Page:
Period Poverty in Venezuela
Having access to menstrual products is essential to a woman’s life. Lacking these products can interrupt women’s daily schedules, including their education and work. As Venezuela’s economy declines, many Venezuelan women are unable to afford feminine products. Period poverty in Venezuela is now a challenge that women must overcome by creating alternative menstrual products.

Venezuela’s Inflation Crisis

Two decades ago, Venezuela took pride in being Latin America’s richest economy, boasting the world’s largest oil reserves. However, the past two governments’ corruption, mismanagement and debts have led Venezuela’s economy to fall apart, causing many companies to stop working and leading to hyperinflation and shortages of many products and basic services.

Feminine hygiene products did not escape this economic crisis. Today, these products are so expensive that many women cannot afford them. Two packs of pads can consume up to a third of a women’s minimum salary, according to a 2018 source. Plafam, an association for family planning in Venezuela, stated that 90% of medicine and healthcare products are in shortage. Many women cannot afford to spend their salary on menstrual products when they also need to buy other essentials. Forced to choose between food or tampons, many women are looking for other affordable options.

Creative Solutions to Period Poverty

In an interview with Voice of America, a young woman named Desiree Rodriguez said that instead of pads, she uses pieces cut from old sheets of cotton and plastic bags. Other women are using similar methods to tackle period poverty in Venezuela. Raquel Pérez said that she can buy either pads for herself or diapers for her children; she chooses to buy diapers and handcraft her own pads.

VICE interviewed women in Venezuela who invented similar ways to deal with menstruation. America Villegas, a past vice-chancellor of the National Experimental University of the Arts, is making her own pads. In 2016, Villegas decided to quit using the low-quality pads that were — and still are — flowing on the market. “They gave me horrible irritation and allergies,” Villegas said.

With her teenage daughter and mother, Villegas began creating ecological pads made of fabric, cotton and plastic, which she sells through MercadoLibre, an online marketplace. Her pads are washable and reusable. Despite a myth that reusable pads are bad for women’s health, according to Women’s Health Magazine, they are safe if cleaned correctly. However, many Venezuelan families lack access to clean water, soap or detergent.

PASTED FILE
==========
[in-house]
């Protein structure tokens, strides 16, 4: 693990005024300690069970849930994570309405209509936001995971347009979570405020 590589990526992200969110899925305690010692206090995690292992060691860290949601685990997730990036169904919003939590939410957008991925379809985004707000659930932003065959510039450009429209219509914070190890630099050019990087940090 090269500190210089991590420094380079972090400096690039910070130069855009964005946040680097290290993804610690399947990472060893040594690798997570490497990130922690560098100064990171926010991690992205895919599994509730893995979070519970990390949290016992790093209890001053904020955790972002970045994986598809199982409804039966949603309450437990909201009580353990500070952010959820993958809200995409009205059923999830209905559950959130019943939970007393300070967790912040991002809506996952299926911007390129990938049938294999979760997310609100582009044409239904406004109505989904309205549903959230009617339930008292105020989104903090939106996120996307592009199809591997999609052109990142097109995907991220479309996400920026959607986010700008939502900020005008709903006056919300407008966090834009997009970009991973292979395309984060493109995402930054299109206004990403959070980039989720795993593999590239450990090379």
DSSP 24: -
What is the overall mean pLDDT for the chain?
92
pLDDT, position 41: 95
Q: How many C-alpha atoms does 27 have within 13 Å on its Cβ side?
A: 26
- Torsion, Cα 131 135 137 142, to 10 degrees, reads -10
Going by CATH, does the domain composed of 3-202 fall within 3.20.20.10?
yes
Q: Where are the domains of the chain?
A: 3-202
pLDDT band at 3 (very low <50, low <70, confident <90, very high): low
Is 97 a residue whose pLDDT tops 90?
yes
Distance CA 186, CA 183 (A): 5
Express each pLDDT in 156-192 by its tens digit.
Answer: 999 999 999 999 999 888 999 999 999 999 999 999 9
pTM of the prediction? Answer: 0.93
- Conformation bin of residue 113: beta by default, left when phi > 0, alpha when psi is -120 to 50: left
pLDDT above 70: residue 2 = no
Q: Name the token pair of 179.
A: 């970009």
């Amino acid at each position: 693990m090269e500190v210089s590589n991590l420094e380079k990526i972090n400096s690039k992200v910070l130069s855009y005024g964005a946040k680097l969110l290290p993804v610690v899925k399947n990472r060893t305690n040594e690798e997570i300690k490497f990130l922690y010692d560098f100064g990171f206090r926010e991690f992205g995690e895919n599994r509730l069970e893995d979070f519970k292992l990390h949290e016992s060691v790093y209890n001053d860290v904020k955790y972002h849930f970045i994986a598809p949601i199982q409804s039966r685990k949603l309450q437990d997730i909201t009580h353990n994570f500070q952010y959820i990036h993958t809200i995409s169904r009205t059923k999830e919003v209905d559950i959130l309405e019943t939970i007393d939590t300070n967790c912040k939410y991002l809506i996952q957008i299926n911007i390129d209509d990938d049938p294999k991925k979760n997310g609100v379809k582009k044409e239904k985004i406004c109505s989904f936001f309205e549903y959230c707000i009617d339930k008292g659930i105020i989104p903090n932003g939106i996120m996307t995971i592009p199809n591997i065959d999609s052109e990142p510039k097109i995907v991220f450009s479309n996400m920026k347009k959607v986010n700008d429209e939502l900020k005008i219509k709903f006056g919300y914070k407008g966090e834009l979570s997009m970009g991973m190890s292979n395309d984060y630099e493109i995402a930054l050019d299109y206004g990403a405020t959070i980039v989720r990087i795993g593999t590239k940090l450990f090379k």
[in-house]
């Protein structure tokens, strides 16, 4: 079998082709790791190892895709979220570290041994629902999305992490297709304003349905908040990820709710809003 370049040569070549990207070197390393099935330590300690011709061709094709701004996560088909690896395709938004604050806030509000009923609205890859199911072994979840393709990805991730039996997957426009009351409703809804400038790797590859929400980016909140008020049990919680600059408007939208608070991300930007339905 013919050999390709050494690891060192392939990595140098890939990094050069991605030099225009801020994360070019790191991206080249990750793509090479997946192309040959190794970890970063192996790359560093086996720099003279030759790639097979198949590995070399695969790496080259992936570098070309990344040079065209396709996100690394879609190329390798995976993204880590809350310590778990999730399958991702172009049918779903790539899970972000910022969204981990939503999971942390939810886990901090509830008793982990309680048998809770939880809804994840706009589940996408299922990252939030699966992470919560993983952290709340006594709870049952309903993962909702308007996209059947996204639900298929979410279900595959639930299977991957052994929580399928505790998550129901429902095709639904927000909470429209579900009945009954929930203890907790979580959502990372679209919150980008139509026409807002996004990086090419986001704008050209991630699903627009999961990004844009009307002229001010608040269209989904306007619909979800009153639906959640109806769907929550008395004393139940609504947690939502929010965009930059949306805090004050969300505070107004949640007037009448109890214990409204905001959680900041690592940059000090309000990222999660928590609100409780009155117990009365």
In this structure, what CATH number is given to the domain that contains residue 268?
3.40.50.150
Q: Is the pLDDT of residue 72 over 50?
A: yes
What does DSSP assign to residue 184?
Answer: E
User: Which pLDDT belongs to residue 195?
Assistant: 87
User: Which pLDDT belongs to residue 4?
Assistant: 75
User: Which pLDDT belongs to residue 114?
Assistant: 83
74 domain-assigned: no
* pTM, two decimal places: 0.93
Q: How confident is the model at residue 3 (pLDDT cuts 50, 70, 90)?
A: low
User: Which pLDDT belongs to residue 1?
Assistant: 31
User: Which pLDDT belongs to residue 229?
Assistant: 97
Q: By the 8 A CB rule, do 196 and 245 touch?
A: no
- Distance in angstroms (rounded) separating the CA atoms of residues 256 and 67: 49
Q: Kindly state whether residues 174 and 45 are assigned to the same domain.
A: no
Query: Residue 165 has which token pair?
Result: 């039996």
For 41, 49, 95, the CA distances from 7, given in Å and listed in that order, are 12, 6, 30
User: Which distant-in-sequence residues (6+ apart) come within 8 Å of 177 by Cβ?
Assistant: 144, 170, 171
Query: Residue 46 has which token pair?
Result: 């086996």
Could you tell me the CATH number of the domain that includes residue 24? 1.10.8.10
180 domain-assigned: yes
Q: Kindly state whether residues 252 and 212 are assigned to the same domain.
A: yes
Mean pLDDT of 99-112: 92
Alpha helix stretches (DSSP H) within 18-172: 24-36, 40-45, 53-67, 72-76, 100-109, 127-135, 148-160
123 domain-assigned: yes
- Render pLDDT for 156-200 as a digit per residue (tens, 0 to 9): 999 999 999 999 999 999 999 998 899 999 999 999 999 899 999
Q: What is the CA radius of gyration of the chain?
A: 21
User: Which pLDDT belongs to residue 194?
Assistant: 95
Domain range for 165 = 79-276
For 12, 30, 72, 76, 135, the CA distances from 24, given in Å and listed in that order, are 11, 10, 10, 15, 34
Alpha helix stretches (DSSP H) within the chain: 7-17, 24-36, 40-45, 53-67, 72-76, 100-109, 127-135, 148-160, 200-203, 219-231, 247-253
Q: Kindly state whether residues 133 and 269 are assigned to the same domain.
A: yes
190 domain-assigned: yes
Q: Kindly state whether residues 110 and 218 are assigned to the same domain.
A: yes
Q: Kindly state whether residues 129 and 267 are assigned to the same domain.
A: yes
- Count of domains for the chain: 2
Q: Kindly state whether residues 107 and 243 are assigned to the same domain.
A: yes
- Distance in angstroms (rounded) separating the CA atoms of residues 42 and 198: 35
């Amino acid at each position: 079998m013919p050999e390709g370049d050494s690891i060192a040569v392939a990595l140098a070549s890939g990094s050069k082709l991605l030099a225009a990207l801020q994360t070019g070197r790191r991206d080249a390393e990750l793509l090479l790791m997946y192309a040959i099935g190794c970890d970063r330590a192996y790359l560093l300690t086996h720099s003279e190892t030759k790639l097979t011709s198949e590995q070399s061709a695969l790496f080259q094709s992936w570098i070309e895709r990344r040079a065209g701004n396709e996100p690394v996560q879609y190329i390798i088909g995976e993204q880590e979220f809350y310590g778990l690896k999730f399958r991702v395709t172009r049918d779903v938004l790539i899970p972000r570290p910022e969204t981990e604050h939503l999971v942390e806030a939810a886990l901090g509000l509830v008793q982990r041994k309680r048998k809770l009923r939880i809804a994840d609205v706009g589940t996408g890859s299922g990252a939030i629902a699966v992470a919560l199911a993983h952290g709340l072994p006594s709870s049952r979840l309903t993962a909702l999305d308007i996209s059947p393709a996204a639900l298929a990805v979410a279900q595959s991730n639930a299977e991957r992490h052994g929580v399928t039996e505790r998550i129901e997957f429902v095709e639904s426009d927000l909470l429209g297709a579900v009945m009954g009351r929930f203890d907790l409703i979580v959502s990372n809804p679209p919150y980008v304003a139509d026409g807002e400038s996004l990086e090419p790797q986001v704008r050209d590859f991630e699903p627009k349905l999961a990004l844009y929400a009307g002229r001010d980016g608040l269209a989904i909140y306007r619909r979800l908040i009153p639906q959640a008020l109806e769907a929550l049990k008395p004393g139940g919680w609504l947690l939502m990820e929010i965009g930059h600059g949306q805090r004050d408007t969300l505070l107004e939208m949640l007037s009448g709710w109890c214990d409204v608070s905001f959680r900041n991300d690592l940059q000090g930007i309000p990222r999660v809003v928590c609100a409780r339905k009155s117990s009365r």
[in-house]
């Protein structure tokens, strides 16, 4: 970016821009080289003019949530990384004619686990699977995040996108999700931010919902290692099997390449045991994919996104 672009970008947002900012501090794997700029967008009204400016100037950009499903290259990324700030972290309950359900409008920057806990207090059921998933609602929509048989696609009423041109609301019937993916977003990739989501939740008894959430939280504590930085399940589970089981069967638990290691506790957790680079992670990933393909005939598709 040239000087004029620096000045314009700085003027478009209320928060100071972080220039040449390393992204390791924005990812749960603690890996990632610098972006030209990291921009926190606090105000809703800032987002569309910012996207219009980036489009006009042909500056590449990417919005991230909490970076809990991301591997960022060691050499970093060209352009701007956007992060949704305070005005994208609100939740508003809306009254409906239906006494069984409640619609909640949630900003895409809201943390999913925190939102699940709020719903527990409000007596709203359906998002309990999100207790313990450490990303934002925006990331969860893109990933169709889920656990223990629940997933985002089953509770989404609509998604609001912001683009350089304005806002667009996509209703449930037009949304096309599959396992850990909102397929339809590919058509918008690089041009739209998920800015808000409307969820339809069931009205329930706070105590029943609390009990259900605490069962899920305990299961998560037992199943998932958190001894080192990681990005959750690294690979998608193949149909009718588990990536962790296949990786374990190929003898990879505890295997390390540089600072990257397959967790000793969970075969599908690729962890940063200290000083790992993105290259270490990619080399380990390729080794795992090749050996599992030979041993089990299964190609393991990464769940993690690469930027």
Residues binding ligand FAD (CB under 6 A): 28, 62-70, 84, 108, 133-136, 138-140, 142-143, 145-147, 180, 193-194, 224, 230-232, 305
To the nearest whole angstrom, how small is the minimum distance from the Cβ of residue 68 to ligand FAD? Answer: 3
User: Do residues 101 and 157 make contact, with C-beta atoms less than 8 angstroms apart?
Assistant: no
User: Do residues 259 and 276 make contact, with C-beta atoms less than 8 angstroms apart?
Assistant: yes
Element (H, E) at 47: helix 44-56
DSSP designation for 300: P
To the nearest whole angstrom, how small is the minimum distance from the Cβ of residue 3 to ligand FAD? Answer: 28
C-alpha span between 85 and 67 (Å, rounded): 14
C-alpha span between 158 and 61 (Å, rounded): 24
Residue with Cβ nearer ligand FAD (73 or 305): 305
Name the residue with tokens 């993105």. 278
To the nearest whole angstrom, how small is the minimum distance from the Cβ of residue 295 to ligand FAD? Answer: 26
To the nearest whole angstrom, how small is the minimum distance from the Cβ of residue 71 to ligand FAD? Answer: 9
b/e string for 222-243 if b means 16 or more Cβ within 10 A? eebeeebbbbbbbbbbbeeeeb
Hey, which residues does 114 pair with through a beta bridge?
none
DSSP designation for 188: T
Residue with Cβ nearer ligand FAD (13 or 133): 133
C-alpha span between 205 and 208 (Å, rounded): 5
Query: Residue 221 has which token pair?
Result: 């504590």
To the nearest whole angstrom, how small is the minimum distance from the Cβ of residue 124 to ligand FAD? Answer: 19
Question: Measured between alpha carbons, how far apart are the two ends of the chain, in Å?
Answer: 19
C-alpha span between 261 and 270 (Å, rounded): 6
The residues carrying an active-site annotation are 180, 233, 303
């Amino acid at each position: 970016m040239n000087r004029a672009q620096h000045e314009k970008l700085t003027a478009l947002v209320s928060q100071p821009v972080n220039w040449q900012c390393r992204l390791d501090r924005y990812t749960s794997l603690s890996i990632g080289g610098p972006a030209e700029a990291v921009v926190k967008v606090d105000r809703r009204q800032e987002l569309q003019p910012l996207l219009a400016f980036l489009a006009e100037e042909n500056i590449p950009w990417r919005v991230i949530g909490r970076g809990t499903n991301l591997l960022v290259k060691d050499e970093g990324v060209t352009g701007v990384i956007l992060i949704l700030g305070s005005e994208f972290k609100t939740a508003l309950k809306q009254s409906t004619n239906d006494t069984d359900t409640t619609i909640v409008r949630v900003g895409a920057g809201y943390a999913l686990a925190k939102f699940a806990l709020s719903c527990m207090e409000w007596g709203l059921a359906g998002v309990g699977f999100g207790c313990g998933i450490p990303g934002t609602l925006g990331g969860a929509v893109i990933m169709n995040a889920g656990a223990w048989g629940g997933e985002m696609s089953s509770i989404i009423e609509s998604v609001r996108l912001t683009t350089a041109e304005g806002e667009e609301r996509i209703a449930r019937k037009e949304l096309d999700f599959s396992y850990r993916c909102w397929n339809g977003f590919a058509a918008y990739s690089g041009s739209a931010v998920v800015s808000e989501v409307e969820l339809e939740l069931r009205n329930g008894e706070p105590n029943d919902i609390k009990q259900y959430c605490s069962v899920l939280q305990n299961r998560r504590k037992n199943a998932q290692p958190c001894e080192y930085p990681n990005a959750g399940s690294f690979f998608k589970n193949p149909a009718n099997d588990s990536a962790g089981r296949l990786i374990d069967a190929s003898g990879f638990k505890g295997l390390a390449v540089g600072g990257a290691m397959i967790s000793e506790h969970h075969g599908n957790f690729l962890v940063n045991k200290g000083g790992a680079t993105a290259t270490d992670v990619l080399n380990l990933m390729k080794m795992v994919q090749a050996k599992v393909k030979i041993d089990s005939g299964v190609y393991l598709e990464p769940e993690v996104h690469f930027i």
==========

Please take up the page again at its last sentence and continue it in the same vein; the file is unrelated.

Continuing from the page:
Lahaie Luna Lezama

Three young women decided to tackle period poverty in Venezuela in another way. In 2018, Marianne Lahaie Luna, Véronique Lahaie Luna and Rosana Lezama founded Lahaie Luna Lezama, an NGO dedicated to improving access to menstrual products and rights in Venezuela.

These women partnered with Plafam to distribute an alternative to pads: the menstrual cup. Because of taboo and myths around menstruation in Venezuela, most women are disinclined to use tampons or products like a menstrual cup. But with proper education about women’s health and the sustainable use of menstrual cups — which women can use for up to seven years — women in Venezuela are now using these products as another solution to period poverty.

In 2019, Lahaie Luna Lezama started collaborating with a Colombian organization called CEPAZ, reaching out to Venezuelan women who migrated to Colombia. Because of their uncertain legal status, these women are prone to sexual exploitation and solicitation, lower-wage jobs and poverty. Lahaie Luna Lezama distributed around 400 menstrual and sexual kits to these women, as well as many women in Venezuela’s capital, Caracas.


Period Poverty in Venezuela causes a great deal of distress. The government has not adequately addressed the importance of menstrual and sexual products. The lack of these products obstructs Venezuelan women’s education and work. Innovative women are introducing creative, handcrafted and sustainable solutions to period poverty in Venezuela, but widespread change is necessary to improve the lives of women who cannot afford traditional menstrual products.

Alannys Milano
Photo: Flickr